Hard Court Tactics: The Serve/Forehand 1-2 Punch
by: Robb Julian
The U.S. Open is the next Grand Slam for the WTA and ATP Tours. It will take place August 31st through September 13th in New York City, and will be played on a hard court surface known as DecoTurf 2. Beginning the week, there's a series of smaller tournaments leading up to that final slam of 2015 called “the US Open Series.” Throughout this 5 week stretch of tournaments, due to the hot conditions, and the speed of the surface, you'll see the Pros using a lightning fast way of winning points: hit a serve that produces a defensive return and then use a Topspin Dip Drive (or just a Drive, depending on the height of the ball) Forehand to the open court. It's a deadly 1-2 punch!
The hottest tournament of the series is typically the first one: Atlanta! With on court temperatures averaging about 110 degrees (and toss in the 100% humidity), it's a true fitness test. That heat does have one effect that helps keep points short: balls move faster through the air as the temperatures rises. So it's no surprise that American John Isner, who's an expert at the big serve/big forehand combo, is 2-time defending champion. Here's a slow motion video clip of what this onslaught looks like:
Notice two things about the forehand Isner uses to finish the point.
- John is not hitting this forehand drive off of a short ball. He's barely inside the baseline. His opponent has gotten the return reasonably deep...but not deep enough for this court and these conditions. As fast as the ball moves in this situation, the Pro go for the winner into the open court with their biggest groundstroke (typically a forehand since there's more potential racquet head speed) because it's a winning play.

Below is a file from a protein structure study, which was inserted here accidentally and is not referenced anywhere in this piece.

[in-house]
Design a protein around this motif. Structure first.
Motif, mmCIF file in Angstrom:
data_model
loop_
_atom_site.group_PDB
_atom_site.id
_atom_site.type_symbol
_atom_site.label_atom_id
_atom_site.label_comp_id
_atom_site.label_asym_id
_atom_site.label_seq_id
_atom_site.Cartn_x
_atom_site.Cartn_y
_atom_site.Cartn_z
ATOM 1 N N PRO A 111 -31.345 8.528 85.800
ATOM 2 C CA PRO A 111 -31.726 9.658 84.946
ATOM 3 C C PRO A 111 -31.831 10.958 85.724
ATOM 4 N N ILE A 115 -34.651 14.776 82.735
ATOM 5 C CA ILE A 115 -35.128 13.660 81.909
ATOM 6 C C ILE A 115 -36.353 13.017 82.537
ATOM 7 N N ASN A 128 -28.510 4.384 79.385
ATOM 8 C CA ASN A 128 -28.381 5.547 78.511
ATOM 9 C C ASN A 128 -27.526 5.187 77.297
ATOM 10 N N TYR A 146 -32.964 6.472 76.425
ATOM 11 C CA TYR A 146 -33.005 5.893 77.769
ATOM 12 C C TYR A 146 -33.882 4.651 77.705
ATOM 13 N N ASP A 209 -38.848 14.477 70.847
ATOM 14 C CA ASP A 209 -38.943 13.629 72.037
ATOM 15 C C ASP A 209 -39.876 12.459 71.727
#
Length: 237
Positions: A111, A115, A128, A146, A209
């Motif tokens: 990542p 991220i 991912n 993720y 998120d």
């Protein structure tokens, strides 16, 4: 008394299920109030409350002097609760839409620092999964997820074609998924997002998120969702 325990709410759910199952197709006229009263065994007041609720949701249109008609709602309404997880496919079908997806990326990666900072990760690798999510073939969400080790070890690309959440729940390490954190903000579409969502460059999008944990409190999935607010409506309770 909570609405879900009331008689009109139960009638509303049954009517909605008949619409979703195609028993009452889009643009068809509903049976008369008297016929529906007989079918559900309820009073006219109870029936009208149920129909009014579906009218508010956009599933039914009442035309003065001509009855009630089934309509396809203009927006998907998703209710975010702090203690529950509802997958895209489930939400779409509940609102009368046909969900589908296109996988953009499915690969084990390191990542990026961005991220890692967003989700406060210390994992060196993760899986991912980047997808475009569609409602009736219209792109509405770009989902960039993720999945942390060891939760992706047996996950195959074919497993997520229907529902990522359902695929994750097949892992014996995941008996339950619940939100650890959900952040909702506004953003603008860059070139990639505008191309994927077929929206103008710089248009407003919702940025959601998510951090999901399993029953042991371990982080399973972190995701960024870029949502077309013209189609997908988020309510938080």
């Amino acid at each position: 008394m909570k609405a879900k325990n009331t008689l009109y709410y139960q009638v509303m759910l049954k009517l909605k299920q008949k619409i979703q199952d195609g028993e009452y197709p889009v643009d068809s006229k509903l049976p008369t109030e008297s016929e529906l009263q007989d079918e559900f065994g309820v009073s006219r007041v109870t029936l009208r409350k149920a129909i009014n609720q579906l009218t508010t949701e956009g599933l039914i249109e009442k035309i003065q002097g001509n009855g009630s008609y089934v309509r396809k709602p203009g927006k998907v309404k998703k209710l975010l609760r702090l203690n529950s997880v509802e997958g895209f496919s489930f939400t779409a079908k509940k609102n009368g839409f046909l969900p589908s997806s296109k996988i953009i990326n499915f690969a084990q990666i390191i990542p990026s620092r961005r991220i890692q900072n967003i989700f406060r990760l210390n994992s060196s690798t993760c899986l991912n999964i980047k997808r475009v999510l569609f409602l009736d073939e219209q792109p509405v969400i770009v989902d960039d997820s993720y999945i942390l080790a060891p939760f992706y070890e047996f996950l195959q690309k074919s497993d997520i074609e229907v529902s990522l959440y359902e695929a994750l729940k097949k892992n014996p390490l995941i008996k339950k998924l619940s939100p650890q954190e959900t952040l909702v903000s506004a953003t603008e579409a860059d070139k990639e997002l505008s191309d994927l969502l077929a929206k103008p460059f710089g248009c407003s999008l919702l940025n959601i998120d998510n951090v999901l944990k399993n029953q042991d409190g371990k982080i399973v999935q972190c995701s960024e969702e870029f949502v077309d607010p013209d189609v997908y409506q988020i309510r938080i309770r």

- To produce the nuclear speed on the forehand, Isner lets his racquet dip just below the level of the ball. This is not at all the traditional “C-stroke” where the racquet tip points to the ground before being launched through the ball. It's commonly referred to as a Dip Drive. This shot comes off the racquet with maximum mph, and will accelerate with a low bounce upon impact with the court.
Even if the receiver survives the serve and the Dip Drive, the server has a great chance at setting up for another attack to the other side of the court. Point in, point out, those two big blows are tough to come back from. The one-two punch often produces the knock out. For a great demonstration of this tactic, watch this quick highlight reel of last year's BB&T Atlanta Open where John Isner rolled through Israeli Dudi Sela. Notice how many points were decided by Isner's serve/forehand combo.